{laughs} Yes, of course, it would.

I always remind the Hearties that the bad guys on Hallmark are much more toned down than the bad guys on other networks.

Yeah, but that guy who played the teacher, he was scary. Maybe he’s a little lonely, but this guy was going after the kids, and I was like, “Oh, no!” I got upset watching him. He was breaking the girl’s pencils. It’s weird though. I don’t know how I get these bad guy roles. Even in Murder, She Baked.  He wasn’t really a jerk, but he did try to do a bit of sabotage.

Well, I guess I guess you’re getting that Hallmark reputation of, “We’re going to put him in the bad guy roles.”  But even then those guys that end up being the bad guy so much at Hallmark eventually, they tend to move them away from those jerk roles.

Yeah, well, let’s hope so.

I think that oftentimes that’s the way the guys start out in Hallmark. They either start out with some little role that if you blink, you might miss them just because it’s a very small role. Or they start out like what you’re doing–with the jerks and the bad guys. Then they see how well you do that–which it’s clear you have the desired response from all your roles. Maybe they’ll put you in a murder mystery next time and they’ll make you the murderer.

from A Wish For Christmas

I’d be up for that. Erin {Krakow} was awesome to work with. And the same with Lacey–she was a total sweetheart to work with, and I just felt bad after every take. She was pregnant and well into her pregnancy, which they had to hide. And I just apologized to her and felt so bad. And she was like, “No, gosh, you’re so funny! That was great!” I was funny?? No, I was a total jerk! But she was like, “No, you’re hilarious! It was so good!”  And I was like, “Okay.” She was always looking out for other people even though she was the one who was carrying another person.

with Daniel Lewis

I know you play the bad guy a lot for Hallmark, but what do you like about working for Hallmark?

I like it because, and I don’t think I’m making any of this up–there’s a strong background, at least from the creators. They have a big, I guess I’d say, Christian background. I always respect people with strong religious beliefs or people that have beliefs, whether it’s religious or not, there’s a consistent, common theme that is…I don’t know, I can’t describe it. There’s just something about it–I don’t know what the word is. It’s just nice. There’s a sense of purpose behind it. A critic could say it’s formulaic. Two people fall in love. There’s a bad guy. But if you look at a movie, that’s really the basis of all these things. Any of these great Disney movies are great because they have a formula, and it’s been like that for thousands of years. I really like the set atmosphere. It’s a lot saner, I feel. There’s a lot more sanity, and there’s a purpose behind it. Take Candace Cameron-Bure for example. She’s very open about her religion. I don’t know exactly what it is, but there is something really nice about it. Like in the world of chaos, mayhem, and this level of morality that seems to be on a dwindling spiral, it’s nice to see these productions that have a level of calmness. I think the world needs a little bit more of that.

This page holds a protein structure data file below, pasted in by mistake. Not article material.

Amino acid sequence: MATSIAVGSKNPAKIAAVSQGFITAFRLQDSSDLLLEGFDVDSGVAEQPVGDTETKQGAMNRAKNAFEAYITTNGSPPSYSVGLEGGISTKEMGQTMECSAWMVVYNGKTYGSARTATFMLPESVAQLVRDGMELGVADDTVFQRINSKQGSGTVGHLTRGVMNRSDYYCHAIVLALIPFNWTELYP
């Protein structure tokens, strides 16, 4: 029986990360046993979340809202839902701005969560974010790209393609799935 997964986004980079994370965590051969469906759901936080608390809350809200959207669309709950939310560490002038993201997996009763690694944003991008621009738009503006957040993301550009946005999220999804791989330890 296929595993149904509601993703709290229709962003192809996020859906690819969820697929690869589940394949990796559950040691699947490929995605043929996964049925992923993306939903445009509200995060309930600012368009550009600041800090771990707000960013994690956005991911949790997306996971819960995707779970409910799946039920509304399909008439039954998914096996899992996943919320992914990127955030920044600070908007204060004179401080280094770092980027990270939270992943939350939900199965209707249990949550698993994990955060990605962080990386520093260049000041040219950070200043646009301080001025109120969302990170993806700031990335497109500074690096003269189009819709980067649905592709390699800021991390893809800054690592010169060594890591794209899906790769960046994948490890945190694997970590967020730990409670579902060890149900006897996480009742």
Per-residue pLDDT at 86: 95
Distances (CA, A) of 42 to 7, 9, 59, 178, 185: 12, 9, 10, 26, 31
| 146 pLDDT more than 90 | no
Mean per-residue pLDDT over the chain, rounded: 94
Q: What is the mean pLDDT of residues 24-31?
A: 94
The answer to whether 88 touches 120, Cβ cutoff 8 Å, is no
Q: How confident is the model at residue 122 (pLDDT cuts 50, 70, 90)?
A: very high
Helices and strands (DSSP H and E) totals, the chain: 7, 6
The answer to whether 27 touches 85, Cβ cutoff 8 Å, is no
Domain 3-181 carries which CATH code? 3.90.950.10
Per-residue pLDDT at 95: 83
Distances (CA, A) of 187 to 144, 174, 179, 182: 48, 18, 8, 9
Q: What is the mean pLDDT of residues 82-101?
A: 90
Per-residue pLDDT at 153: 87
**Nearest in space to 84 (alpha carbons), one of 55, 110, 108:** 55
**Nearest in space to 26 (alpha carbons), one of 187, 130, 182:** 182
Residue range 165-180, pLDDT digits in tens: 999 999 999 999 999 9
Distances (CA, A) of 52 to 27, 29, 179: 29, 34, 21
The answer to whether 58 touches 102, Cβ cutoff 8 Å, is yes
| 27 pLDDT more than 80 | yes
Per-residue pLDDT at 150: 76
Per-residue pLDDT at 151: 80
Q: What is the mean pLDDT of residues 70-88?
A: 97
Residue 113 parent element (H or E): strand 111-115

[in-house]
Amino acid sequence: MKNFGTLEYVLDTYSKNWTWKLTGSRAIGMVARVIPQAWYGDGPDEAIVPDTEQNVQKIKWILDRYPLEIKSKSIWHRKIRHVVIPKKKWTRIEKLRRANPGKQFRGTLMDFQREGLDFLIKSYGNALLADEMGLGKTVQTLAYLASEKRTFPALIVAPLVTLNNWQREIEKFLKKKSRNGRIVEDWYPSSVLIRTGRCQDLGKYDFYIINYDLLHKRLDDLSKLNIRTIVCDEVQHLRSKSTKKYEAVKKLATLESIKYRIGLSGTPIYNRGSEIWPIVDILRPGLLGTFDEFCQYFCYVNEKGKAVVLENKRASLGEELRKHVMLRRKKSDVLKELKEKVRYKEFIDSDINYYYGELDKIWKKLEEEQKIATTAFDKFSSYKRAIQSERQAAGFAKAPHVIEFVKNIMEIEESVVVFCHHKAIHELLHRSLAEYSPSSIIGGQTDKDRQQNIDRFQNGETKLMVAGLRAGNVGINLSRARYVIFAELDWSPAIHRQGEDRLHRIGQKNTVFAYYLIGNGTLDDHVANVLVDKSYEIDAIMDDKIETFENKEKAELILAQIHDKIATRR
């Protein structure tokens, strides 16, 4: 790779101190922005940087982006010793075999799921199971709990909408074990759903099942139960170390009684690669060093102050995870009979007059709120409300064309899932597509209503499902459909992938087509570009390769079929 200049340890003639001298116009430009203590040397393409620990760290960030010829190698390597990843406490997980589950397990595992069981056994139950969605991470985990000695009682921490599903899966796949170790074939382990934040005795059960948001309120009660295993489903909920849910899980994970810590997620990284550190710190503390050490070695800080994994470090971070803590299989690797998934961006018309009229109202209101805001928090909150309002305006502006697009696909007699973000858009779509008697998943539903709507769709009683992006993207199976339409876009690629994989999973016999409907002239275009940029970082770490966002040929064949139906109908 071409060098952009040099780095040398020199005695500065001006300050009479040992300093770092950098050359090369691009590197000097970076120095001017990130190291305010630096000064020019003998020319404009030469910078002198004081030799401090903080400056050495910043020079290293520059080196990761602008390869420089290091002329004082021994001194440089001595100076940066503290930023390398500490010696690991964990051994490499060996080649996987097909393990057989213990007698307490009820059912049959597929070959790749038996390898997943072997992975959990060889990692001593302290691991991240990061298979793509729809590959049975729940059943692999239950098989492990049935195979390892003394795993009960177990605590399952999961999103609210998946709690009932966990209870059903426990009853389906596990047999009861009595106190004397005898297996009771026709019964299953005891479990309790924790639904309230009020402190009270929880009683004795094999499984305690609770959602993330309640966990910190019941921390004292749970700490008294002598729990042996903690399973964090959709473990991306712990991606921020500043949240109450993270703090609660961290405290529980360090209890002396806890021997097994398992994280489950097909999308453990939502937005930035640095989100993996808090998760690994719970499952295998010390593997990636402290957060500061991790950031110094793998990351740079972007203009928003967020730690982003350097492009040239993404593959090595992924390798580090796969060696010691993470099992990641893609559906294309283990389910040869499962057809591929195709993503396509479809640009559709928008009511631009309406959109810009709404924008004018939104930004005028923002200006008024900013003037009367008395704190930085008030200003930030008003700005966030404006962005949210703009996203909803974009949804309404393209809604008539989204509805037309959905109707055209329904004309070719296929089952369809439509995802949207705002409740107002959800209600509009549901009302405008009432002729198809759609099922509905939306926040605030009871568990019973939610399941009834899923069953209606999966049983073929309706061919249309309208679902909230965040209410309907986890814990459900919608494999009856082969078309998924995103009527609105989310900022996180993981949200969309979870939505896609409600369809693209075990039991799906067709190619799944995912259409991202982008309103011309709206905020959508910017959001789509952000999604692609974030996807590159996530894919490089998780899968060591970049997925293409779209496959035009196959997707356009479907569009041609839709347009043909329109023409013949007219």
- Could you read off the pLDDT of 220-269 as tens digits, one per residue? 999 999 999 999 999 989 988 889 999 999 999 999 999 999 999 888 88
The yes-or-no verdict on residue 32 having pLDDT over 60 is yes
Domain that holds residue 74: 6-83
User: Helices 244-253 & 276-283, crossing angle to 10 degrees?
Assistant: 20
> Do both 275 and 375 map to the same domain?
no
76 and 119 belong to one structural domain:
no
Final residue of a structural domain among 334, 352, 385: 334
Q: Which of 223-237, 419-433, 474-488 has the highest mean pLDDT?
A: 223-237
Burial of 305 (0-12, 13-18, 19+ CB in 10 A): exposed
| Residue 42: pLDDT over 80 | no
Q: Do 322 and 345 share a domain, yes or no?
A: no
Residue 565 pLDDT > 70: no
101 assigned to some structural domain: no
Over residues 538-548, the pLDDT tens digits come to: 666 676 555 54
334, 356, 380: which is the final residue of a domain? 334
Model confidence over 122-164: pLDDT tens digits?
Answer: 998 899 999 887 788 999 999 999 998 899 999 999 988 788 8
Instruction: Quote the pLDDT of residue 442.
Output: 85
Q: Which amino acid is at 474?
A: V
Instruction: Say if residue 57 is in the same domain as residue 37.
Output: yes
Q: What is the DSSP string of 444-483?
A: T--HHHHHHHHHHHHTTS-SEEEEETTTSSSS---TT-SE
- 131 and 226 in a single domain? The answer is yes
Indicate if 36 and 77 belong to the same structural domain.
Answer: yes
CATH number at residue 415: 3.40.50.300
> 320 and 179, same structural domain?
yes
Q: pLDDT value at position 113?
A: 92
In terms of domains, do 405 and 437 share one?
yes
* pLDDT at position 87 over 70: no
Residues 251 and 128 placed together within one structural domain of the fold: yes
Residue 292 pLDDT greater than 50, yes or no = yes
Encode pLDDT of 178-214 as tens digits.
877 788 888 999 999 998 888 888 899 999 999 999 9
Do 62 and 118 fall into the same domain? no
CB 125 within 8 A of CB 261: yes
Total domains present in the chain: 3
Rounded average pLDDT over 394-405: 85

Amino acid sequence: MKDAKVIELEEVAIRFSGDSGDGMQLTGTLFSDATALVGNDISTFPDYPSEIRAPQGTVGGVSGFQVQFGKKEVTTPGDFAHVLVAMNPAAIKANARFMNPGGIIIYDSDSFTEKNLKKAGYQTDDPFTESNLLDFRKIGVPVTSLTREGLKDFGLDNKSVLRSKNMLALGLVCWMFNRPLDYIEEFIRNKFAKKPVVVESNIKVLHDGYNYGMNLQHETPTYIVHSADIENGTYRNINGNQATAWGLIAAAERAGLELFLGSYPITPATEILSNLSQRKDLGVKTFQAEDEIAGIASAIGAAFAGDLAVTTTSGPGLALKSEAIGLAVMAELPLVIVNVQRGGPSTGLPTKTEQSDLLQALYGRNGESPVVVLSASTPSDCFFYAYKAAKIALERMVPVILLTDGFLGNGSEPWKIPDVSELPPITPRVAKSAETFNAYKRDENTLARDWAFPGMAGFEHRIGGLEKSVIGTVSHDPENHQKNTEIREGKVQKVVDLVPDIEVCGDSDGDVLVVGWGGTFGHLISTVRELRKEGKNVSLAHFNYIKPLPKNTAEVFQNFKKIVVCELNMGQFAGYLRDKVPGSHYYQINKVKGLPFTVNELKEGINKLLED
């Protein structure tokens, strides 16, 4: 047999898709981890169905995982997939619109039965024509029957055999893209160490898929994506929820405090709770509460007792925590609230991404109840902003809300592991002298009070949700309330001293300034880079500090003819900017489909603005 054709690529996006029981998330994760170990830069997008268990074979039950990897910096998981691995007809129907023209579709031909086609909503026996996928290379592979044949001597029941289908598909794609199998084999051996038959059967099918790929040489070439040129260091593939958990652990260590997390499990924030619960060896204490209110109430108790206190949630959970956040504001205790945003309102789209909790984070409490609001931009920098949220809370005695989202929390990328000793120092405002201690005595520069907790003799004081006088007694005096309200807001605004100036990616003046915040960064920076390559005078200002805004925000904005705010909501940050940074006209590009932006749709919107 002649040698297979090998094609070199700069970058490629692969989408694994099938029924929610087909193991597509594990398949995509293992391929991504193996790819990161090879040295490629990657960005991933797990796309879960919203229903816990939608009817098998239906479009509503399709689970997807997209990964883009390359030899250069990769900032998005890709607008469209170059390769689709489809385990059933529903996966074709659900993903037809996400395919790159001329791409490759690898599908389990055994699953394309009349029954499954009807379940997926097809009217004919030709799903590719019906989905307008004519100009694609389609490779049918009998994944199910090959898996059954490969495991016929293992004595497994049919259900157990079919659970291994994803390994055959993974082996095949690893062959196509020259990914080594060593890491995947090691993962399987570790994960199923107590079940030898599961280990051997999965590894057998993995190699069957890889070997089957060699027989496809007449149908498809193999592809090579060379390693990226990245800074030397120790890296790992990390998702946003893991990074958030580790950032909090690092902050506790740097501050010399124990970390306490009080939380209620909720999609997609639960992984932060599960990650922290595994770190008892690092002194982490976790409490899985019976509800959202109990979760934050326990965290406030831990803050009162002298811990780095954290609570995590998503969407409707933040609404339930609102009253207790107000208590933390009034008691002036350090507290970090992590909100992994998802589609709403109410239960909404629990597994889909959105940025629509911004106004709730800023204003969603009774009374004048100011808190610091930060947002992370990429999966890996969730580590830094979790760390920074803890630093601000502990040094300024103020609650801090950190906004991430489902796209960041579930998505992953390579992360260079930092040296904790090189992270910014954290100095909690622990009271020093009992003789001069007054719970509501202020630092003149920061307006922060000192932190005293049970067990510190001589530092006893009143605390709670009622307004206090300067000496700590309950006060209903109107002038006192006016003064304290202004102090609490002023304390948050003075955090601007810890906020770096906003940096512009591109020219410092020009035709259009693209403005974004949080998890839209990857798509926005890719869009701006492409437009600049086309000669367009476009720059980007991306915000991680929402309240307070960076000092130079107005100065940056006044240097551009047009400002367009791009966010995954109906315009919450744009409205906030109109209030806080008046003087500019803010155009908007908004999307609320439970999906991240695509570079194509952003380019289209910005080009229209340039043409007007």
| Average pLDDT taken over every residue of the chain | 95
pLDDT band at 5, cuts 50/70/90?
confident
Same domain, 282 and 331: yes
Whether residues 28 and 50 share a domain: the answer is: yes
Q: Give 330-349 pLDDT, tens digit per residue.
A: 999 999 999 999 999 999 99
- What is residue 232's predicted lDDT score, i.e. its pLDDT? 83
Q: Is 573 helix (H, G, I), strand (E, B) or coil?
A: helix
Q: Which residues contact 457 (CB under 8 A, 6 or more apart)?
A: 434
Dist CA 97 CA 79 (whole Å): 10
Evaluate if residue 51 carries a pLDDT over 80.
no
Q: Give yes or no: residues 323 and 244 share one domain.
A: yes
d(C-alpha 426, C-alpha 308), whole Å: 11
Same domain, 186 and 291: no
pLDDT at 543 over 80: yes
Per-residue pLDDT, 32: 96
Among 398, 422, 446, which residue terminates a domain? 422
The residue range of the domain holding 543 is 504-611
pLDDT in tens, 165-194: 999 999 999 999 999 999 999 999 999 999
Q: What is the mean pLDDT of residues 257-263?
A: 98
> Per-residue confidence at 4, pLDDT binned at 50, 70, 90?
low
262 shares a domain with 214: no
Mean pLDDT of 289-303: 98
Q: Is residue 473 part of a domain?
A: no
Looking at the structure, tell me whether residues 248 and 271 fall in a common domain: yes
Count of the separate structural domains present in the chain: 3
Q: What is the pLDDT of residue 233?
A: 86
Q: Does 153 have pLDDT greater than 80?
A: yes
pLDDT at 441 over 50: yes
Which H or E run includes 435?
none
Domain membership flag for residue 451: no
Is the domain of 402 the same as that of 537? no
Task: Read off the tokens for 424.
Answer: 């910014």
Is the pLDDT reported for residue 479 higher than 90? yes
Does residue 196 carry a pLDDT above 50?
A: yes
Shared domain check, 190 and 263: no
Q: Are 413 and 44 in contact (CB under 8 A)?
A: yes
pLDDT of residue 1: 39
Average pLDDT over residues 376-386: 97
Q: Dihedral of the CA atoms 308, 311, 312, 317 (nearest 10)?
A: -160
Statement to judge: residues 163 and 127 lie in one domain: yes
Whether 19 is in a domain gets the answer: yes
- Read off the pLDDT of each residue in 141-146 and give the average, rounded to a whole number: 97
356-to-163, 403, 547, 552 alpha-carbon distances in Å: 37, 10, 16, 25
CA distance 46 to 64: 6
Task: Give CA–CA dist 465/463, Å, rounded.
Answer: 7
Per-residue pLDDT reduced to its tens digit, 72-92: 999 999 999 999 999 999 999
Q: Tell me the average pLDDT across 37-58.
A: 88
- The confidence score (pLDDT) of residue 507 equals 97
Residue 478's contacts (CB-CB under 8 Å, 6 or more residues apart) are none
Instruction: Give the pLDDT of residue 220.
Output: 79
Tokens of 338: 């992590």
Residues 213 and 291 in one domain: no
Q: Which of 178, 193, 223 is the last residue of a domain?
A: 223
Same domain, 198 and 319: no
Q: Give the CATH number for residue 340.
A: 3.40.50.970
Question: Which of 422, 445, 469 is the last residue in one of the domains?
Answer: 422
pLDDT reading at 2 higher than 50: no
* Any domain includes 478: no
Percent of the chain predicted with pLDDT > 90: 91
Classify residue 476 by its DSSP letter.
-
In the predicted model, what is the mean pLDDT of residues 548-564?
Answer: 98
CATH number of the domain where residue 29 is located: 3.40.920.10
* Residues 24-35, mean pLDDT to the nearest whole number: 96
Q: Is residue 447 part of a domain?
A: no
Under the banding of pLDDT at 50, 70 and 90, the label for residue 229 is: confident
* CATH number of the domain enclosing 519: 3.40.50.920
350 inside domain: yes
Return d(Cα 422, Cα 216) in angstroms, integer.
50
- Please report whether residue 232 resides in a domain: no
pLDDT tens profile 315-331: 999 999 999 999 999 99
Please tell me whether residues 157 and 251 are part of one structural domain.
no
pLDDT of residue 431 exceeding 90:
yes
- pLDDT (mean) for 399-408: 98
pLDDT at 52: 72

I think you got to your point quite well. I understood exactly what you were saying because that’s something that I think a lot of viewers, myself included, really do appreciate about the show. It’s not like they’re beating you over the head with a Bible or they’re telling you how to live your life–that’s not their purpose. But their purpose is they tell a story that’s got morality in it. If they’re doing something bad, they get in trouble and they have to face whatever the consequences are, or they have to apologize, whatever the case is. It’s the way the moral compass thing is supposed to work. That’s a part of their programming. It’s what you see.

It’s not even just the productions that come out of Hallmark. Even the people and the general feeling I get with these productions. It’s just the antithesis of all the craziness that happens in this world.  It’s too bad, you know, there’s some really great ideas and concepts on HBO and others. But it’s just going to be red-lined, to make a car analogy, about how far these things go. It’s just not necessary. You don’t need to go there. I’ve always appreciated comics like Jerry Seinfeld and guys like that that can get their point across without having to be whatever. Without too much profanity and without being derogatory to other people.

I agree with you completely because I know there are shows on other networks that I’ll start trying to watch that sound really good and sometimes I really like the concept and watch it, but it’s like, “You know, I wish they didn’t have to have this. Why did they have to have that?” It’s  like the networks feel like they have to throw in something to reach this group or that group, but Hallmark doesn’t do that. With Hallmark, they’re just going to tell a story. You know, they take a lot of criticism because I see the post now and then saying they don’t have a diverse enough cast and they don’t have this and they don’t have that.

Yes, we live in the age of offending people. Something is always offending someone. I understand that, but it seems like there are other things in life to think about instead of just that.

I think that you are doing voiceover work too.  I think there’s something I saw on your Twitter page that mentioned it.  Ninjago, I think?

Yeah, that’s like season seven. It’s been a little bit hard to track because  The Cartoon Network won’t let me access the one in the States and see what’s airing there. It’s been really confusing to try to follow it. I have been able to catch a couple of episodes, and it’s awesome. Being able to work on it was really outstanding and I was happy with the product that they showed. And that’s been very, very cool.